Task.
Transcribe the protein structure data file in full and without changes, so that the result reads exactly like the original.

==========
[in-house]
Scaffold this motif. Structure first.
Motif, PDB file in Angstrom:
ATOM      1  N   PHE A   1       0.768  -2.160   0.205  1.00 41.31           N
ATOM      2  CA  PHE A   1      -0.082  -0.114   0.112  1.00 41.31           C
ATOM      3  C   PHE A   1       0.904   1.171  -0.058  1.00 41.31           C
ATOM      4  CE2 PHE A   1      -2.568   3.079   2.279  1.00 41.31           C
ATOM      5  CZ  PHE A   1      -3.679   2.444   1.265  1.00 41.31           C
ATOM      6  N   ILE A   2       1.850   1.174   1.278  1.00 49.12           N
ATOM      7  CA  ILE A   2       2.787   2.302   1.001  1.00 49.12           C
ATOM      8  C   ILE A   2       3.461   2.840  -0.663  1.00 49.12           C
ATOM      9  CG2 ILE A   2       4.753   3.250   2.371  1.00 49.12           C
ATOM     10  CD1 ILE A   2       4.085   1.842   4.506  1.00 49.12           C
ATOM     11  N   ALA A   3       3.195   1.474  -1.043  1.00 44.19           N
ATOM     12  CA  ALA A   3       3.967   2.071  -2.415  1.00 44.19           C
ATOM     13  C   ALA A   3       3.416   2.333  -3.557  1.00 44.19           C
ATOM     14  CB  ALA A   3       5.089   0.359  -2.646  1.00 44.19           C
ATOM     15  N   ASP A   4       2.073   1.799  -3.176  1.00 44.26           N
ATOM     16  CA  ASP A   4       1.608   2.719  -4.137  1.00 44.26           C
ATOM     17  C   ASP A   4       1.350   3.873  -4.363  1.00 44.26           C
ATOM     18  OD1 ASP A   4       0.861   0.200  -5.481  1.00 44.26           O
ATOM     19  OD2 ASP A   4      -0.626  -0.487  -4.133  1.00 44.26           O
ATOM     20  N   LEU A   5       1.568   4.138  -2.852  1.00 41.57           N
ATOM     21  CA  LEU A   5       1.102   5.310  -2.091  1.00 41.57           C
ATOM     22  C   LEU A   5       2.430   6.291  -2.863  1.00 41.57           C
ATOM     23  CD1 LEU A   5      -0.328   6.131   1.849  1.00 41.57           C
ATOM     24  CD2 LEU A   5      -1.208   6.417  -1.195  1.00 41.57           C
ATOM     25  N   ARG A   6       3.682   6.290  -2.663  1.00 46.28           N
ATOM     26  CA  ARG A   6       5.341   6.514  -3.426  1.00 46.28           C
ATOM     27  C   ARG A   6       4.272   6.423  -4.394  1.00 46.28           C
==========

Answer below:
[in-house]
Scaffold this motif. Structure first.
Motif, PDB file in Angstrom:
ATOM      1  N   PHE A   1       0.768  -2.160   0.205  1.00 41.31           N
ATOM      2  CA  PHE A   1      -0.082  -0.114   0.112  1.00 41.31           C
ATOM      3  C   PHE A   1       0.904   1.171  -0.058  1.00 41.31           C
ATOM      4  CE2 PHE A   1      -2.568   3.079   2.279  1.00 41.31           C
ATOM      5  CZ  PHE A   1      -3.679   2.444   1.265  1.00 41.31           C
ATOM      6  N   ILE A   2       1.850   1.174   1.278  1.00 49.12           N
ATOM      7  CA  ILE A   2       2.787   2.302   1.001  1.00 49.12           C
ATOM      8  C   ILE A   2       3.461   2.840  -0.663  1.00 49.12           C
ATOM      9  CG2 ILE A   2       4.753   3.250   2.371  1.00 49.12           C
ATOM     10  CD1 ILE A   2       4.085   1.842   4.506  1.00 49.12           C
ATOM     11  N   ALA A   3       3.195   1.474  -1.043  1.00 44.19           N
ATOM     12  CA  ALA A   3       3.967   2.071  -2.415  1.00 44.19           C
ATOM     13  C   ALA A   3       3.416   2.333  -3.557  1.00 44.19           C
ATOM     14  CB  ALA A   3       5.089   0.359  -2.646  1.00 44.19           C
ATOM     15  N   ASP A   4       2.073   1.799  -3.176  1.00 44.26           N
ATOM     16  CA  ASP A   4       1.608   2.719  -4.137  1.00 44.26           C
ATOM     17  C   ASP A   4       1.350   3.873  -4.363  1.00 44.26           C
ATOM     18  OD1 ASP A   4       0.861   0.200  -5.481  1.00 44.26           O
ATOM     19  OD2 ASP A   4      -0.626  -0.487  -4.133  1.00 44.26           O
ATOM     20  N   LEU A   5       1.568   4.138  -2.852  1.00 41.57           N
ATOM     21  CA  LEU A   5       1.102   5.310  -2.091  1.00 41.57           C
ATOM     22  C   LEU A   5       2.430   6.291  -2.863  1.00 41.57           C
ATOM     23  CD1 LEU A   5      -0.328   6.131   1.849  1.00 41.57           C
ATOM     24  CD2 LEU A   5      -1.208   6.417  -1.195  1.00 41.57           C
ATOM     25  N   ARG A   6       3.682   6.290  -2.663  1.00 46.28           N
ATOM     26  CA  ARG A   6       5.341   6.514  -3.426  1.00 46.28           C
ATOM     27  C   ARG A   6       4.272   6.423  -4.394  1.00 46.28           C